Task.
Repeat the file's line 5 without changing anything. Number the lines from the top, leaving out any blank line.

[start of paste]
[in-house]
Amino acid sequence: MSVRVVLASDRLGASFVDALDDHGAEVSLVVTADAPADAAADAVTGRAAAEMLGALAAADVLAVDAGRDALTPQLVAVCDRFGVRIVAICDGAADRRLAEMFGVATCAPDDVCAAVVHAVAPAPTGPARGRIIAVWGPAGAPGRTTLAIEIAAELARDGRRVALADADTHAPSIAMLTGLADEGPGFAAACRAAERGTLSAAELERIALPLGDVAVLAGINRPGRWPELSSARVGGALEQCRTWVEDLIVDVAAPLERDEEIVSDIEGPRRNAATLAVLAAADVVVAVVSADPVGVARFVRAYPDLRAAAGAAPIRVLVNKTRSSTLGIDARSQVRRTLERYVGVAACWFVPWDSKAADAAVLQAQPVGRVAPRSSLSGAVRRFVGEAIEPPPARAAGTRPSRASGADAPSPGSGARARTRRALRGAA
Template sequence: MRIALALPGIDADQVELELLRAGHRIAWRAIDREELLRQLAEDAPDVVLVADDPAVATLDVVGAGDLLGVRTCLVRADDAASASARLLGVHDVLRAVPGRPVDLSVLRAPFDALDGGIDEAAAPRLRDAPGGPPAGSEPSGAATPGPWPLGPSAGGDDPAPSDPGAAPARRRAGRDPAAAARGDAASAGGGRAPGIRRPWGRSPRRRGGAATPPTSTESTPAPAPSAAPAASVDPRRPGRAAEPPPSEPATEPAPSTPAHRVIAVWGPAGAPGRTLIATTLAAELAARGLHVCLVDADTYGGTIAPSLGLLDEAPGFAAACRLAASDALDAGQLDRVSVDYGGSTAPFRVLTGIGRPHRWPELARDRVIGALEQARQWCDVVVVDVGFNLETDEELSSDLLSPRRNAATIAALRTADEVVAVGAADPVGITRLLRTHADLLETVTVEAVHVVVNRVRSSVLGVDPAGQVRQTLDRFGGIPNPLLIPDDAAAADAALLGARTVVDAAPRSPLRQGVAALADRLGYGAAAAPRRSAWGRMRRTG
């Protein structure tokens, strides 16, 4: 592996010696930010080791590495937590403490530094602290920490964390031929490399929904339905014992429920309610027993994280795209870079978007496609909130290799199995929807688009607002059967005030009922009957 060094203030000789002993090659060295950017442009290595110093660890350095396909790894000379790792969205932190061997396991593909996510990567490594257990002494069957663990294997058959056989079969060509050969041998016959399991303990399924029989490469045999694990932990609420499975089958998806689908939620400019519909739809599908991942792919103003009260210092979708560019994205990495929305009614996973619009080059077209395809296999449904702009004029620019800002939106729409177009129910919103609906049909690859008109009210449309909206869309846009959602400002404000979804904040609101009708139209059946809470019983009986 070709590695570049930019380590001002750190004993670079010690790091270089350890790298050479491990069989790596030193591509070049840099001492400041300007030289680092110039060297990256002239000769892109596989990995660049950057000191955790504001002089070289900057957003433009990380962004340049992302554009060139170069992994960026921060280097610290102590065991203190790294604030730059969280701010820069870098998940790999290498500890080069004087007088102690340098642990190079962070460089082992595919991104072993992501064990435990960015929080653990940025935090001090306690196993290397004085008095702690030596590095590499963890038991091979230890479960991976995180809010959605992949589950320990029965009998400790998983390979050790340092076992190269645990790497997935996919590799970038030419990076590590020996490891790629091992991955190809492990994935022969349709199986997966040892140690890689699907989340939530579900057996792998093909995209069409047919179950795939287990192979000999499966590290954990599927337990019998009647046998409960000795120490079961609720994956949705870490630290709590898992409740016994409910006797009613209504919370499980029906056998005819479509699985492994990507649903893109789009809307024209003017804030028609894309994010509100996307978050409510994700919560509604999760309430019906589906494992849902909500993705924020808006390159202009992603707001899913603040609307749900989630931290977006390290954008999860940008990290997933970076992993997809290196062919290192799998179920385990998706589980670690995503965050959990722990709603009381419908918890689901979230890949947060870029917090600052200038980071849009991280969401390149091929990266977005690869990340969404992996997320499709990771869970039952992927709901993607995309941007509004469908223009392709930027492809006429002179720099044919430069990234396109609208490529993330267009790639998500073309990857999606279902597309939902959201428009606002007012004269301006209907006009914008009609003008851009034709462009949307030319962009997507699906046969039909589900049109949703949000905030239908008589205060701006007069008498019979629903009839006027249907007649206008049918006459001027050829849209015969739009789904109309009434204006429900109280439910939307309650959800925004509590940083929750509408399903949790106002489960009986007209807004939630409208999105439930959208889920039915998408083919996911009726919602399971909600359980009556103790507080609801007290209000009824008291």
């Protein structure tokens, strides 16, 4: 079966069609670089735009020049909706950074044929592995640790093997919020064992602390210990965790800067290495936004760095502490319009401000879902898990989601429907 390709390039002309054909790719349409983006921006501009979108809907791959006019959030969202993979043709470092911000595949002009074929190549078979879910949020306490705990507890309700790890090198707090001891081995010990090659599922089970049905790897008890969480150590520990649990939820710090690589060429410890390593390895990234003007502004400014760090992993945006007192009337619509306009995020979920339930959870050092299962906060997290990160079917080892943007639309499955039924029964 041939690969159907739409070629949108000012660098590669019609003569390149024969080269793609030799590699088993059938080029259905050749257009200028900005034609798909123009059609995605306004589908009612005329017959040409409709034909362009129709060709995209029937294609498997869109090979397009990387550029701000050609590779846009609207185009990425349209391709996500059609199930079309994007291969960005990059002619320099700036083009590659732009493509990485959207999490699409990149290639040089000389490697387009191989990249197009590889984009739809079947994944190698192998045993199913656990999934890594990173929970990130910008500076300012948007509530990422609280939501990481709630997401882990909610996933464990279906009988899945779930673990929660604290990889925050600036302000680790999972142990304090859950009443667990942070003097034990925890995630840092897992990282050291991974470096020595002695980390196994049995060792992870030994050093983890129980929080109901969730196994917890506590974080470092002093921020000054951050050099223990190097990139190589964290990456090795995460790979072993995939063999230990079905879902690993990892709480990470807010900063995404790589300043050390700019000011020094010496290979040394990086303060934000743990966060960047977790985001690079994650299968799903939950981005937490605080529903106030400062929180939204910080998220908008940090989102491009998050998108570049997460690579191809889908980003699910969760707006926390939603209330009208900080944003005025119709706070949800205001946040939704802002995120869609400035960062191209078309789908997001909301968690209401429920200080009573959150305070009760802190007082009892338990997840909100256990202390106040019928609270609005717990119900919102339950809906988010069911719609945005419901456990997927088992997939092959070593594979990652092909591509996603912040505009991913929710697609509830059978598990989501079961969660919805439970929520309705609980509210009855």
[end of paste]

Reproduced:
């Protein structure tokens, strides 16, 4: 079966069609670089735009020049909706950074044929592995640790093997919020064992602390210990965790800067290495936004760095502490319009401000879902898990989601429907 390709390039002309054909790719349409983006921006501009979108809907791959006019959030969202993979043709470092911000595949002009074929190549078979879910949020306490705990507890309700790890090198707090001891081995010990090659599922089970049905790897008890969480150590520990649990939820710090690589060429410890390593390895990234003007502004400014760090992993945006007192009337619509306009995020979920339930959870050092299962906060997290990160079917080892943007639309499955039924029964 041939690969159907739409070629949108000012660098590669019609003569390149024969080269793609030799590699088993059938080029259905050749257009200028900005034609798909123009059609995605306004589908009612005329017959040409409709034909362009129709060709995209029937294609498997869109090979397009990387550029701000050609590779846009609207185009990425349209391709996500059609199930079309994007291969960005990059002619320099700036083009590659732009493509990485959207999490699409990149290639040089000389490697387009191989990249197009590889984009739809079947994944190698192998045993199913656990999934890594990173929970990130910008500076300012948007509530990422609280939501990481709630997401882990909610996933464990279906009988899945779930673990929660604290990889925050600036302000680790999972142990304090859950009443667990942070003097034990925890995630840092897992990282050291991974470096020595002695980390196994049995060792992870030994050093983890129980929080109901969730196994917890506590974080470092002093921020000054951050050099223990190097990139190589964290990456090795995460790979072993995939063999230990079905879902690993990892709480990470807010900063995404790589300043050390700019000011020094010496290979040394990086303060934000743990966060960047977790985001690079994650299968799903939950981005937490605080529903106030400062929180939204910080998220908008940090989102491009998050998108570049997460690579191809889908980003699910969760707006926390939603209330009208900080944003005025119709706070949800205001946040939704802002995120869609400035960062191209078309789908997001909301968690209401429920200080009573959150305070009760802190007082009892338990997840909100256990202390106040019928609270609005717990119900919102339950809906988010069911719609945005419901456990997927088992997939092959070593594979990652092909591509996603912040505009991913929710697609509830059978598990989501079961969660919805439970929520309705609980509210009855």